As Shakespeare said, “That which we call a rose by any other name would smell as sweet.” Yet I often think of Marlow Stanfield’s character on The Wire who made the phrase “My name is my name” infamous. In a highly competitive online marketplace, your name is all the separates you from the noise.
Your domain name should be viewed as a long term investment, as it will establish your online identity for years to come. Having a recognizable domain name will also open up a major direct traffic source for your website.
Picking the right domain name is a strategic marketing investment that will affect your online brand’s presence and ultimately your bottom line. Unfortunately, picking a domain name isn’t as easy as picking a new username.
If you’re stuck trying to create a new domain name for your website, don’t just purchase one that’s for sale. If the name you are trying to acquire has been purchased from a reseller and they are charging a premium price, it’s best to see what other options you have before you cash out on a big ticket purchase.
Premium Domain Names- When to Buy and When to Fly
A premium domain name might be that perfect name for your business but it doesn’t mean you should pay the suggested asking price. Kick the tires for a bit. Our domain name, lseo.com, was a premium domain name. Our CEO, Kris Jones, negotiated with the reseller and got it for a much more reasonable price than what the initial asking price was by the reseller.
What’s in a Name?
In today’s age, a domain name is the keystone to your branding. Sure, a domain can be relatively inexpensive, if it’s available and not being sold at a premium price, but think about how much you might be spending in SEO to get that domain authority (DA) to where it needs to be.
You can recreate a website, marketing collateral, etc., but you can’t recreate your domain name if it expires. Also, keep in mind that if it does expire, your email that’s attached to that domain name will go down as well, which will bring your business to a grinding halt.
Most of the time your registrar will hold that domain for you for a period of time, but might charge you some significant fees to reclaim it or, worse yet, someone might snatch your domain and try to sell it back to you for an absurd amount of money, if at all.
Always know when your domain name is coming up for expiration and, if possible, try to keep all of your domains under one roof to make the managing of your portfolio much easier.
Brandable means memorable. A domain name should be similar or relevant to your brand or business. By creating a memorable domain name, your name will differentiate itself from the competition and make your website easier to find.
A brandable domain name should not include keyword stuffing, abbreviations, numbers, or hyphens. You don’t want your domain name to be trapped in a box by inserting niche specific keywords in it. If a website with the word “recipies” in it was looking to include car services on their site, it would be difficult to get people to associate that website with maintaining vehicles.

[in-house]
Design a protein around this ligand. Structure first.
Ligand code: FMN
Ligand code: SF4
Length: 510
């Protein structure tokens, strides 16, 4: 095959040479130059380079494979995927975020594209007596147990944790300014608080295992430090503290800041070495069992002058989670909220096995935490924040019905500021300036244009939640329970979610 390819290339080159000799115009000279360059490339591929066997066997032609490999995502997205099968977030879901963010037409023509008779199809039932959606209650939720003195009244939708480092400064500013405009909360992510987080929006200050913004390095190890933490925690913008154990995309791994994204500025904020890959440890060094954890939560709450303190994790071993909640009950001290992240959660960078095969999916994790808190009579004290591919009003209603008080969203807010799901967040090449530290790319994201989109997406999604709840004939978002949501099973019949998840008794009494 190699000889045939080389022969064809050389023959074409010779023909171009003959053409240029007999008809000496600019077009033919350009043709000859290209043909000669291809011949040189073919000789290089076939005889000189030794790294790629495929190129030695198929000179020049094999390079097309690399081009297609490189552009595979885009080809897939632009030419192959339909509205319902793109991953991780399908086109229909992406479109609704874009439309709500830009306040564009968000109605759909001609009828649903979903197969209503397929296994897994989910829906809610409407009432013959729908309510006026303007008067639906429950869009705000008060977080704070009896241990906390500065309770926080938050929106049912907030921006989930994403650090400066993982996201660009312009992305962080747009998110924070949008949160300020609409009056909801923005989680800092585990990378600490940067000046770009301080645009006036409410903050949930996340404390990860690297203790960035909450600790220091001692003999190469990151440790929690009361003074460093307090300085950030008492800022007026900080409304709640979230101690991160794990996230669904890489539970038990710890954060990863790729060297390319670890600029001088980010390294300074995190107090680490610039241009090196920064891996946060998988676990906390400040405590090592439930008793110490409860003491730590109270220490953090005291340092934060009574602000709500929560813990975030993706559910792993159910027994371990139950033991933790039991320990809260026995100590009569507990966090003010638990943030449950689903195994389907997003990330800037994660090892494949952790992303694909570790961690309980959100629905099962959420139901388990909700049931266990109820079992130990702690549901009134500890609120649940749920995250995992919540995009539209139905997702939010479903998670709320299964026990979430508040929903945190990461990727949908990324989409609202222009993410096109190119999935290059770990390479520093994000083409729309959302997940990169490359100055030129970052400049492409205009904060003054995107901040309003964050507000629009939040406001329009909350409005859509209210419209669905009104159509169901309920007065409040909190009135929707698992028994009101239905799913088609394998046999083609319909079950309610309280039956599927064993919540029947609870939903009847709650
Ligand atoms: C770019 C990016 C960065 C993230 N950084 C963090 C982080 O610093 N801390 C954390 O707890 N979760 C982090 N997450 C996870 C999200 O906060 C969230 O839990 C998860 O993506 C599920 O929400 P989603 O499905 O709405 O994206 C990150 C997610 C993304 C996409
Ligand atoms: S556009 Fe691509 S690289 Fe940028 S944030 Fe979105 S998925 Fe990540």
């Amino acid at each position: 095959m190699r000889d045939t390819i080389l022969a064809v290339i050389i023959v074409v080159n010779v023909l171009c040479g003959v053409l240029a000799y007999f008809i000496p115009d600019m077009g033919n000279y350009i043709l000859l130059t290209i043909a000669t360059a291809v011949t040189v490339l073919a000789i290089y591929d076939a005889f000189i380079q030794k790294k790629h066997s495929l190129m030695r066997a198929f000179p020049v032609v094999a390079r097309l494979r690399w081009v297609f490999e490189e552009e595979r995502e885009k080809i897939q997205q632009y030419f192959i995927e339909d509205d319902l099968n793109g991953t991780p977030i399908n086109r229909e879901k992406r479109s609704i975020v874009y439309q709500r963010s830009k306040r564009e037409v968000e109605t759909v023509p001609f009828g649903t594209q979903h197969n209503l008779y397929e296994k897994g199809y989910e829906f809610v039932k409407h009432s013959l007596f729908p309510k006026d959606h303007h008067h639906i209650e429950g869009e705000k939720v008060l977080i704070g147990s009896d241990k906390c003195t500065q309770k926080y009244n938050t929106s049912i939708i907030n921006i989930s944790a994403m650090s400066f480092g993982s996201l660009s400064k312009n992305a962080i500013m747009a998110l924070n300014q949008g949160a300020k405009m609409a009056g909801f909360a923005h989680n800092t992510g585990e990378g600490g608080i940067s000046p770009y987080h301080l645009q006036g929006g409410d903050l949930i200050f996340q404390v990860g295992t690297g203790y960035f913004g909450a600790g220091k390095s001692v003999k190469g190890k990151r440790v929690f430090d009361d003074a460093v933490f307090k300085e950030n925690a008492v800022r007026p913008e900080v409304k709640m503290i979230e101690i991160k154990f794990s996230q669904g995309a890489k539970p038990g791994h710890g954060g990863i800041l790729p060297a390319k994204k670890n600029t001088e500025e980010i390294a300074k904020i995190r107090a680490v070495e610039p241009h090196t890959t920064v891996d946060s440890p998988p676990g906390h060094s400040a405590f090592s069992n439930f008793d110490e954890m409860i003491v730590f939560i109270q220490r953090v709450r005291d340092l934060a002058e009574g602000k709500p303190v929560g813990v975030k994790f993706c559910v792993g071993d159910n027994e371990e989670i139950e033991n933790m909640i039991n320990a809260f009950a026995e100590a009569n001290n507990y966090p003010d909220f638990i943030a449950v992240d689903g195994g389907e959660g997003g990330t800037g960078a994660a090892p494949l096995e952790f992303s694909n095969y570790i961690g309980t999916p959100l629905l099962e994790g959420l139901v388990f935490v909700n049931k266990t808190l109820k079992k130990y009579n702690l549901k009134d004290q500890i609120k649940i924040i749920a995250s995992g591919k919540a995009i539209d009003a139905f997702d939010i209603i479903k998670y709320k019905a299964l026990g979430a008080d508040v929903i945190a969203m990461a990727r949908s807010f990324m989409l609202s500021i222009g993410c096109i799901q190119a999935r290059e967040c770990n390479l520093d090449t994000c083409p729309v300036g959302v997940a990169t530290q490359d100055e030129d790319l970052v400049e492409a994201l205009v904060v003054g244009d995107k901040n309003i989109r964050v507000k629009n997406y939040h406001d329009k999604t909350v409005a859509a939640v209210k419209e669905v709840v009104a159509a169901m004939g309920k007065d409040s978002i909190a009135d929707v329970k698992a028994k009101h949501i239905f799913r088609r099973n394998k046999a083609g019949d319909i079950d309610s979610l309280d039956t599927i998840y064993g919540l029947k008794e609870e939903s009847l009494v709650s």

A brandable domain name should also be unique. A generic domain name won’t differentiate your website from the competition. It would be a marketing nightmare to promote a website that even sounded vaguely similar to another brand. This could also represent an ethical violation, which can spiral into legal issues.
Once you do reach a new domain name, it’s key to research its availability. You have to wonder how many domain names and brand names have run into multiple discovery.
Short & Concise
A domain name should be as short and as concise as possible. Make sure you use simple phrases that won’t be misspelled during a direct search. This could result in a huge traffic drop off.
Expanding on this notion, a domain name should also be easily recited. One survey found that 74% of customers stated that word-of-mouth advertising primarily influences their purchasing decision. This will also be the anchor text other publications use to cite your business.
Keep your domain name to a short character count and avoid strings of words. There’s no reason to include modifiers in your domain name as this will just make your domain name difficult to type in a web browser.
Avoid combining adjectives with nouns, such as TechnoSEO.com or something along those lines. While you want your domain name to be catchy, seek clarity first.
Including keywords in your domain name no longer serves any SEO purpose and could potentially pigeonhole your website from expansion. It’s still important to conduct keyword research to discover what users are looking for. You could also use broad match keyword ideas to formulate a relevant domain name that will communicate the content and objectives or your business.
While you could take advantage of your brand name, smaller businesses will benefit from initially using broad match keywords for their domain name until they scale or go through a redesign.